Tools to facilitate changing utility economics.
Michael Schmidt has held senior management positions with electric and gas utilities, consulting firms and a state regulatory agency. He wrote several books on utility issues, including PUR’s Performance-Based Ratemaking: Theory and Practice (2000). Email him at email@example.com.
These are challenging times for the electric and gas utilities. Reliability projects, renewable portfolio standards, greenhouse-gas emissions control, AMI, smart-grid investments, and conservation programs—all these things add to costs, but might bring in no additional revenue. Moreover, there will be unprecedented capital investment in transmission, renewable generation projects, and replacement of old facilities from the 1950s and 1960s. Thus, earnings likely will be more closely watched and traditional general rate cases might not be able to keep up.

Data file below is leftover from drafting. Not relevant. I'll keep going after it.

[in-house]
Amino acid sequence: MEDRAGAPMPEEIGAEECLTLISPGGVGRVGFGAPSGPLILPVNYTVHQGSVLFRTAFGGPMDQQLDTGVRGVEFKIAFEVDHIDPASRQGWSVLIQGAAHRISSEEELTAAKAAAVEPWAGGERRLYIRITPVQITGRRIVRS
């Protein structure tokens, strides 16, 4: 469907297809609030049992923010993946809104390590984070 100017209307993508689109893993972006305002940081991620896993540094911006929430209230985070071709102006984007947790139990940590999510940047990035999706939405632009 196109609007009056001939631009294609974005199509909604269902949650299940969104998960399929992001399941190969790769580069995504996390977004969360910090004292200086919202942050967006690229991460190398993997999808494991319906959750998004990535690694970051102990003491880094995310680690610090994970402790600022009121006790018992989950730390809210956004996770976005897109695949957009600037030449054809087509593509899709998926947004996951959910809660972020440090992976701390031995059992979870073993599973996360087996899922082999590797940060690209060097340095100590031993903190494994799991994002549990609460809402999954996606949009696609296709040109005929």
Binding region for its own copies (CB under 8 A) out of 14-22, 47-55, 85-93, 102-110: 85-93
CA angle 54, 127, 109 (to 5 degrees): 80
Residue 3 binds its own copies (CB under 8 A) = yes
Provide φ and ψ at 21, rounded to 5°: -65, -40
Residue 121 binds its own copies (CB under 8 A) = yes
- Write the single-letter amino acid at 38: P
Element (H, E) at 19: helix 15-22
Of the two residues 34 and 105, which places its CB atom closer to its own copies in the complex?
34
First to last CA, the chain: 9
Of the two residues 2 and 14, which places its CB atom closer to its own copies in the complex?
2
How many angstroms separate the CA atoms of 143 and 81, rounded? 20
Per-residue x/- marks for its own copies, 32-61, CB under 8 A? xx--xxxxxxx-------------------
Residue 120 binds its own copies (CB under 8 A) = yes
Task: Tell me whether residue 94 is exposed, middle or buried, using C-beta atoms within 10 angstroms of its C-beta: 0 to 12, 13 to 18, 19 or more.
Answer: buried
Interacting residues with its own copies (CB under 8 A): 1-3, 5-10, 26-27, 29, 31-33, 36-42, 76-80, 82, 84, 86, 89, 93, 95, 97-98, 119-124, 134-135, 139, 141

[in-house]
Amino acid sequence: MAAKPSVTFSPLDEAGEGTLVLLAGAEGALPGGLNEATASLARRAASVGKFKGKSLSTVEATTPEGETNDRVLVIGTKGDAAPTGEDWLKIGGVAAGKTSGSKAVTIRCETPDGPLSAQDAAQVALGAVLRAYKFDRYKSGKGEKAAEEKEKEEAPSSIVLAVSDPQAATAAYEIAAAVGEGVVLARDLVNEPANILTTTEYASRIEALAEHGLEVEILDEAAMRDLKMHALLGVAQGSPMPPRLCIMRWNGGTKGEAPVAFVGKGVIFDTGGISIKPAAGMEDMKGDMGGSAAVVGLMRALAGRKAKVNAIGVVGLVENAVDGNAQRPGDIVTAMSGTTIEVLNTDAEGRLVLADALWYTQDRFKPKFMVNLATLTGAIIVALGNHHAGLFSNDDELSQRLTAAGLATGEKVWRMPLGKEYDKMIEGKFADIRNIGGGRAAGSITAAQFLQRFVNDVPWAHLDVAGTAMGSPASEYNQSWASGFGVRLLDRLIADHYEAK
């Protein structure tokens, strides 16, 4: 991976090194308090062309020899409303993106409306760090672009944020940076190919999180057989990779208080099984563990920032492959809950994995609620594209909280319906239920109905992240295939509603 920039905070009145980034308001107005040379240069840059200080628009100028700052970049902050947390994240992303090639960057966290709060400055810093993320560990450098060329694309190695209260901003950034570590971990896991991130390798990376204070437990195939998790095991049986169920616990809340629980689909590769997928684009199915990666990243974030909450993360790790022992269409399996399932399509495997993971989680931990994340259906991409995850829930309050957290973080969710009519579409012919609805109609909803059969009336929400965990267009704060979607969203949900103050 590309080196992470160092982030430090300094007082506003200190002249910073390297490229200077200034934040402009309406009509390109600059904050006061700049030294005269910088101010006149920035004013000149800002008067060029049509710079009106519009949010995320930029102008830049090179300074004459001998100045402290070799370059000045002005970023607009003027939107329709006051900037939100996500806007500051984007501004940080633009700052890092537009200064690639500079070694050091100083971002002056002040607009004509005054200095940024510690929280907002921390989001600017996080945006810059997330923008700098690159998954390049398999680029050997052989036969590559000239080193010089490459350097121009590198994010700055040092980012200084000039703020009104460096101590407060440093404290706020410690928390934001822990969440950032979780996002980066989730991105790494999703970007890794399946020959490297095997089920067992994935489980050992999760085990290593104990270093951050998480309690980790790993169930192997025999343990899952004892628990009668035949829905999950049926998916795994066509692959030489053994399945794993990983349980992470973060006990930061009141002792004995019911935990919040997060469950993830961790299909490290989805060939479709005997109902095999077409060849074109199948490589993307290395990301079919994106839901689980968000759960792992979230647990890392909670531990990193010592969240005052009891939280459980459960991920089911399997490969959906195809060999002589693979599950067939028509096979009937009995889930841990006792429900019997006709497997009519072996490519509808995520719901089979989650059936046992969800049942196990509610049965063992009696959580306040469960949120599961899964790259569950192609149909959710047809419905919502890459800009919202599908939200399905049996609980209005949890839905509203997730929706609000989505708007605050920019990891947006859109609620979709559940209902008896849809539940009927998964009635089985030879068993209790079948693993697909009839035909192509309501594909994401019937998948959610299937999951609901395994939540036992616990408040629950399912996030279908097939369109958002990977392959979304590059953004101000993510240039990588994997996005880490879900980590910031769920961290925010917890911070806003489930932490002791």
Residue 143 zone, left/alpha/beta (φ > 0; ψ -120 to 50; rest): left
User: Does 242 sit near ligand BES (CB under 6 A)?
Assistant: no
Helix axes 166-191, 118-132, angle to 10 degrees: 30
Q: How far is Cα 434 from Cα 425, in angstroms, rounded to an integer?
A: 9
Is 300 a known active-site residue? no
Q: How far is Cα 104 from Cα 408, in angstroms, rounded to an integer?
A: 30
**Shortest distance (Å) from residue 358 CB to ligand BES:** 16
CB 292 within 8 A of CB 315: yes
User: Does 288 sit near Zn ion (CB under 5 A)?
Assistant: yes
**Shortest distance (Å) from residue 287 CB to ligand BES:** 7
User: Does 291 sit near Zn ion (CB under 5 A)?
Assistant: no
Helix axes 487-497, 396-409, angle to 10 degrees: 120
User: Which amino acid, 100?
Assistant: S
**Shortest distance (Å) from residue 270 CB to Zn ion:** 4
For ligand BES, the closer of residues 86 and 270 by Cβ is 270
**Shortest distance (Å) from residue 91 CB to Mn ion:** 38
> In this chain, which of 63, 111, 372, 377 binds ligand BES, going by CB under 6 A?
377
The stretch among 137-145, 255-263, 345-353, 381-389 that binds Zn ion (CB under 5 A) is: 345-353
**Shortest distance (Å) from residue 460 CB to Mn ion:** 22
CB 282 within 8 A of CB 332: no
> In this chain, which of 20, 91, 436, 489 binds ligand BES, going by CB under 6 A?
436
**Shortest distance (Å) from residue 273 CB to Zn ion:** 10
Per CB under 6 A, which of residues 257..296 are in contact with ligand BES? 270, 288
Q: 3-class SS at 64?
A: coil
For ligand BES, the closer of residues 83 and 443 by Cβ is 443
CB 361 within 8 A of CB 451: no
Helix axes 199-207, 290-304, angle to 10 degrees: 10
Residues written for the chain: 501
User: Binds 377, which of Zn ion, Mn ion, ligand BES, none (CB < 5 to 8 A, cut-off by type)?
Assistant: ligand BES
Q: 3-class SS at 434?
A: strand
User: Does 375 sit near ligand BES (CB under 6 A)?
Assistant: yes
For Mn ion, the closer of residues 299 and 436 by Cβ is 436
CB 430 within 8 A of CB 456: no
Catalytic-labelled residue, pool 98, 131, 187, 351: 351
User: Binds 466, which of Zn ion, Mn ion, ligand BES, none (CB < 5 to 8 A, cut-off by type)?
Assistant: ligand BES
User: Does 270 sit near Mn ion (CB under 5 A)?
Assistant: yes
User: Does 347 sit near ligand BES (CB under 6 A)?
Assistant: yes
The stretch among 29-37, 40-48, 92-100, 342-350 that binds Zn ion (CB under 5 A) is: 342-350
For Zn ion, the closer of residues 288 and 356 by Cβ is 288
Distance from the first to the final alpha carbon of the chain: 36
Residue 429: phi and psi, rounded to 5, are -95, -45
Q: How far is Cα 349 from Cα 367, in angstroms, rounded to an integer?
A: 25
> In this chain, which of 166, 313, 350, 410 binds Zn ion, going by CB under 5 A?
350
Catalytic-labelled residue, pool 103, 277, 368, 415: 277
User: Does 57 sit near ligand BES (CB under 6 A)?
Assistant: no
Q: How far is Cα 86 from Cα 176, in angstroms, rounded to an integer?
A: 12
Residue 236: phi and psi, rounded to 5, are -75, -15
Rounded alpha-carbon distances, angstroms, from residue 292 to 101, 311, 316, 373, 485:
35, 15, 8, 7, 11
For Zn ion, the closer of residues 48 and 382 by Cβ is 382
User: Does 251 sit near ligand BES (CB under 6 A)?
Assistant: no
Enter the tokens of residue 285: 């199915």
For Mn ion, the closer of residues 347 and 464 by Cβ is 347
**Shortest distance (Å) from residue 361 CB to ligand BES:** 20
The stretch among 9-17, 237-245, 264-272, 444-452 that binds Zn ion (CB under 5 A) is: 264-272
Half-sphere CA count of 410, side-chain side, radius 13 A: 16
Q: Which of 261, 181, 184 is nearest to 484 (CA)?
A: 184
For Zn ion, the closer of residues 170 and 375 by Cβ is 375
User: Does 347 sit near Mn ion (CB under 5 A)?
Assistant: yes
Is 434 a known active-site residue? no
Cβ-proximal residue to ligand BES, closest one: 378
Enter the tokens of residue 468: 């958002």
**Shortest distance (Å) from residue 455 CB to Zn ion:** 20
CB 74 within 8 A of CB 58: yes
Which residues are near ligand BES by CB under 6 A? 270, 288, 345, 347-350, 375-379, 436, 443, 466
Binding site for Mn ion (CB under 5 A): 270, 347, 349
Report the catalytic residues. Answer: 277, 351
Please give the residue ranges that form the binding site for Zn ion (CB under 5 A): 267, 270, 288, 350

There are a number of regulatory tools available to address rapid changes in utility operating and capital costs. First is the possibility of using a projected test year instead of a historical test year; but there’s nothing really new here, and it still requires a general rate case. A full blown general rate case is time consuming and costly for the utility, the regulator, and intervenors. Cost estimates for a projected test year add to disputes among the parties.